Burglaries and shoplifting are a problem for business and shop owners on Capel Street in Dublin.
Thieves are targeting tailors, clothiers, jewellers, shop owners and shoppers on Capel Street on the north side of Dublin's River Liffey.
The street is one of the most notorious in Dublin’s inner city. Crimes range from petty theft to pilfering and robbery with violence.
Men’s clothing shop 'Taurus’ has been robbed forty five times. Owner Dieter Hartung believes his shop is as secure as it can be. If a break-in occurs he believes it takes too much time for the police to arrive after the security alarm is triggered. Burglars know that they have at the very least ten minutes before the police arrive.
Ten minutes is a hell of a long time.
Security for many shop owners on the street just is not working, no matter how many locks or alarms they install.
Another shop owner Kevin Flood has heavy duty locks which ordinarily should be good enough protection for a high class jeweller shop.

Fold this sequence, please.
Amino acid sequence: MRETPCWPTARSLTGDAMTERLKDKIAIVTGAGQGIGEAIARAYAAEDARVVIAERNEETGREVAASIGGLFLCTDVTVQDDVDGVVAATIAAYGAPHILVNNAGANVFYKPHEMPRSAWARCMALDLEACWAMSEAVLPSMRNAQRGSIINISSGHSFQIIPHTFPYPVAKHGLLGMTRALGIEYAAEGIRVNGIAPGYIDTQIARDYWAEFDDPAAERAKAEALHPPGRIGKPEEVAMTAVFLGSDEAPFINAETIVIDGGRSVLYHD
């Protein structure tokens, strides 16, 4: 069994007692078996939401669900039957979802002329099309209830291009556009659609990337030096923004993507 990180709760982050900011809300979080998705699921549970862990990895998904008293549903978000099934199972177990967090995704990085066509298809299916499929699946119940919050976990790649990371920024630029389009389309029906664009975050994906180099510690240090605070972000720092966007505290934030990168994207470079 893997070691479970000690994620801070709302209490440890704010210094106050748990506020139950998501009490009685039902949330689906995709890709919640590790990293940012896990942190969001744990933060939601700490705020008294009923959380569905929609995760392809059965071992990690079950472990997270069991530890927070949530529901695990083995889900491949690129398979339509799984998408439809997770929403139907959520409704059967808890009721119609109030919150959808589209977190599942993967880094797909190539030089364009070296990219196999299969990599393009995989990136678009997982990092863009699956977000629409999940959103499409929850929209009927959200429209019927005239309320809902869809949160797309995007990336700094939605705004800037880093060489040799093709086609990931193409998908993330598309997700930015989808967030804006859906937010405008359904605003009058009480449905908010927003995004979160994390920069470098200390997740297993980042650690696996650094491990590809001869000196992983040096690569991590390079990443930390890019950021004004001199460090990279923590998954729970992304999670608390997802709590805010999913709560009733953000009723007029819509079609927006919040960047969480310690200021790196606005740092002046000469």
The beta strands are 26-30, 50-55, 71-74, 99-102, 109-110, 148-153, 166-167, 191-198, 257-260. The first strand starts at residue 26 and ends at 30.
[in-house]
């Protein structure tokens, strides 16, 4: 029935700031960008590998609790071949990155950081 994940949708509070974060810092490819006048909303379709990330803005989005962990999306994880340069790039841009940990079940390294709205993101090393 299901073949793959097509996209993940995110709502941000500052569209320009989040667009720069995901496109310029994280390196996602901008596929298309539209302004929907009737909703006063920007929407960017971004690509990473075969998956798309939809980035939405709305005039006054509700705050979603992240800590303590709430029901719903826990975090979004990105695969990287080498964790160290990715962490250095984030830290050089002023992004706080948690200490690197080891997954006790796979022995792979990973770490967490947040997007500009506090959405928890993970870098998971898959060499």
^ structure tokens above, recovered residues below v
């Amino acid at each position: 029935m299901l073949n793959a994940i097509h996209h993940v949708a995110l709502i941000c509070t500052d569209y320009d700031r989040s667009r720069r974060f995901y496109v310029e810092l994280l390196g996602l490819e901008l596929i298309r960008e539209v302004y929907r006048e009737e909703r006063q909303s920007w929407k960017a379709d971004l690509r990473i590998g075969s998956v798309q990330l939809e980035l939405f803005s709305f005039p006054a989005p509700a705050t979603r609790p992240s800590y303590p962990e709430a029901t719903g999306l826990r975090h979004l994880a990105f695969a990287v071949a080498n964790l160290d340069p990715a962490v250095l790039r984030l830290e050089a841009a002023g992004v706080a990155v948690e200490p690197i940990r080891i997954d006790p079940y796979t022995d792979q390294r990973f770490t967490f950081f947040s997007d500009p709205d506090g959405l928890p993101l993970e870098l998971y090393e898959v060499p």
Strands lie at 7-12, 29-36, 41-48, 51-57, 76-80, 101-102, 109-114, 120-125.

'Even Steven' store is broken into on average eleven or twelve times a year mainly through the roof. While they have a burglar alarm, it proves ineffective in deterring criminals and the bill for damage done is very high. Unfortunately, insurance is not an option. Owner Stephen O’Flynn explains that this year alone he will be submitting a malicious damage bill to Dublin Corporation for seven or eight thousand pounds which he estimates he will receive back in around two years.
Dieter Hartung is also without insurance for the last two years and says his losses are in the region of fifteen to twenty five thousand pounds. He says that many of the traders on the street are in the same boat.
Louis Copeland was recently mugged on the way to the bank with the day’s takings. He is Chairman of the Capel Street Traders’ Association. He says that there is a need for more frequent police patrols in the area.
In this street, the crooks know the comings and goings of everyone.
An RTÉ News report broadcast on 19 March 1981. The reporter is Peter McNiff.